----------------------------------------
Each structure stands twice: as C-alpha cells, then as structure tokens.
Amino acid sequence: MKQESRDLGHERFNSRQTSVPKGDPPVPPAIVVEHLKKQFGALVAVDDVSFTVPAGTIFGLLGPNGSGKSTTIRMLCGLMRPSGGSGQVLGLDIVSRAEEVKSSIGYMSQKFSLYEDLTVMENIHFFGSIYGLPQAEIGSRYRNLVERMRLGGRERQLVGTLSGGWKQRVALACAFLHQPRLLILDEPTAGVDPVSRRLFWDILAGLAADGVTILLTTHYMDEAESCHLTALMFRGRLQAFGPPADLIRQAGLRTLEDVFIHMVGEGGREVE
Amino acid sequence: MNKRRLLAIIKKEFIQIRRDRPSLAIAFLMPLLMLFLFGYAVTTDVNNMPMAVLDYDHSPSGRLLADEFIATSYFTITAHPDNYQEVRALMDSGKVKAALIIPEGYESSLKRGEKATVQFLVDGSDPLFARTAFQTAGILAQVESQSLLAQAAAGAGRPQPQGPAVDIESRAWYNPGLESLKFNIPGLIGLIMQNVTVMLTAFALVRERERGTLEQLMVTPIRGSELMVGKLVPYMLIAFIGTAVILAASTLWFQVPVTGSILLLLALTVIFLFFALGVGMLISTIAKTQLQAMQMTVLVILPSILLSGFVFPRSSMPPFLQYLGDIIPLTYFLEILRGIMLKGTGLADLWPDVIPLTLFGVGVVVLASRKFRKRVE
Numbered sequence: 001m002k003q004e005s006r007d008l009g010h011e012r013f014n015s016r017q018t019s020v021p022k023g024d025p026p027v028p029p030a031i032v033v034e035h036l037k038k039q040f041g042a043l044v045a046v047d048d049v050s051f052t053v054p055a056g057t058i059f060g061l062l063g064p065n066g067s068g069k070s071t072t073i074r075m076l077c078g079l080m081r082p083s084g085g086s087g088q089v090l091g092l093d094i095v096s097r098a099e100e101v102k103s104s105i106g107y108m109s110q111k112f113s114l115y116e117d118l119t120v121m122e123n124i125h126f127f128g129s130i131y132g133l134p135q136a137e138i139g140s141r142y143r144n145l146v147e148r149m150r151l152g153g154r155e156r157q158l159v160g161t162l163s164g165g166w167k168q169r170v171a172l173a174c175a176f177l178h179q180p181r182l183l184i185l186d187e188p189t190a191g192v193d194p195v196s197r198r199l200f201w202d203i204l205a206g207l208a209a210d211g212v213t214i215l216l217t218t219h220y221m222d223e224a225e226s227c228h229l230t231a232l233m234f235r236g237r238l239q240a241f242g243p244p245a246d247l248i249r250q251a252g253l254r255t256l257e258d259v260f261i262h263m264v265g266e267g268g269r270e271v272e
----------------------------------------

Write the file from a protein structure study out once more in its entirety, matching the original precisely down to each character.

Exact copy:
Each structure stands twice: as C-alpha cells, then as structure tokens.
Amino acid sequence: MKQESRDLGHERFNSRQTSVPKGDPPVPPAIVVEHLKKQFGALVAVDDVSFTVPAGTIFGLLGPNGSGKSTTIRMLCGLMRPSGGSGQVLGLDIVSRAEEVKSSIGYMSQKFSLYEDLTVMENIHFFGSIYGLPQAEIGSRYRNLVERMRLGGRERQLVGTLSGGWKQRVALACAFLHQPRLLILDEPTAGVDPVSRRLFWDILAGLAADGVTILLTTHYMDEAESCHLTALMFRGRLQAFGPPADLIRQAGLRTLEDVFIHMVGEGGREVE
Amino acid sequence: MNKRRLLAIIKKEFIQIRRDRPSLAIAFLMPLLMLFLFGYAVTTDVNNMPMAVLDYDHSPSGRLLADEFIATSYFTITAHPDNYQEVRALMDSGKVKAALIIPEGYESSLKRGEKATVQFLVDGSDPLFARTAFQTAGILAQVESQSLLAQAAAGAGRPQPQGPAVDIESRAWYNPGLESLKFNIPGLIGLIMQNVTVMLTAFALVRERERGTLEQLMVTPIRGSELMVGKLVPYMLIAFIGTAVILAASTLWFQVPVTGSILLLLALTVIFLFFALGVGMLISTIAKTQLQAMQMTVLVILPSILLSGFVFPRSSMPPFLQYLGDIIPLTYFLEILRGIMLKGTGLADLWPDVIPLTLFGVGVVVLASRKFRKRVE
Numbered sequence: 001m002k003q004e005s006r007d008l009g010h011e012r013f014n015s016r017q018t019s020v021p022k023g024d025p026p027v028p029p030a031i032v033v034e035h036l037k038k039q040f041g042a043l044v045a046v047d048d049v050s051f052t053v054p055a056g057t058i059f060g061l062l063g064p065n066g067s068g069k070s071t072t073i074r075m076l077c078g079l080m081r082p083s084g085g086s087g088q089v090l091g092l093d094i095v096s097r098a099e100e101v102k103s104s105i106g107y108m109s110q111k112f113s114l115y116e117d118l119t120v121m122e123n124i125h126f127f128g129s130i131y132g133l134p135q136a137e138i139g140s141r142y143r144n145l146v147e148r149m150r151l152g153g154r155e156r157q158l159v160g161t162l163s164g165g166w167k168q169r170v171a172l173a174c175a176f177l178h179q180p181r182l183l184i185l186d187e188p189t190a191g192v193d194p195v196s197r198r199l200f201w202d203i204l205a206g207l208a209a210d211g212v213t214i215l216l217t218t219h220y221m222d223e224a225e226s227c228h229l230t231a232l233m234f235r236g237r238l239q240a241f242g243p244p245a246d247l248i249r250q251a252g253l254r255t256l257e258d259v260f261i262h263m264v265g266e267g268g269r270e271v272e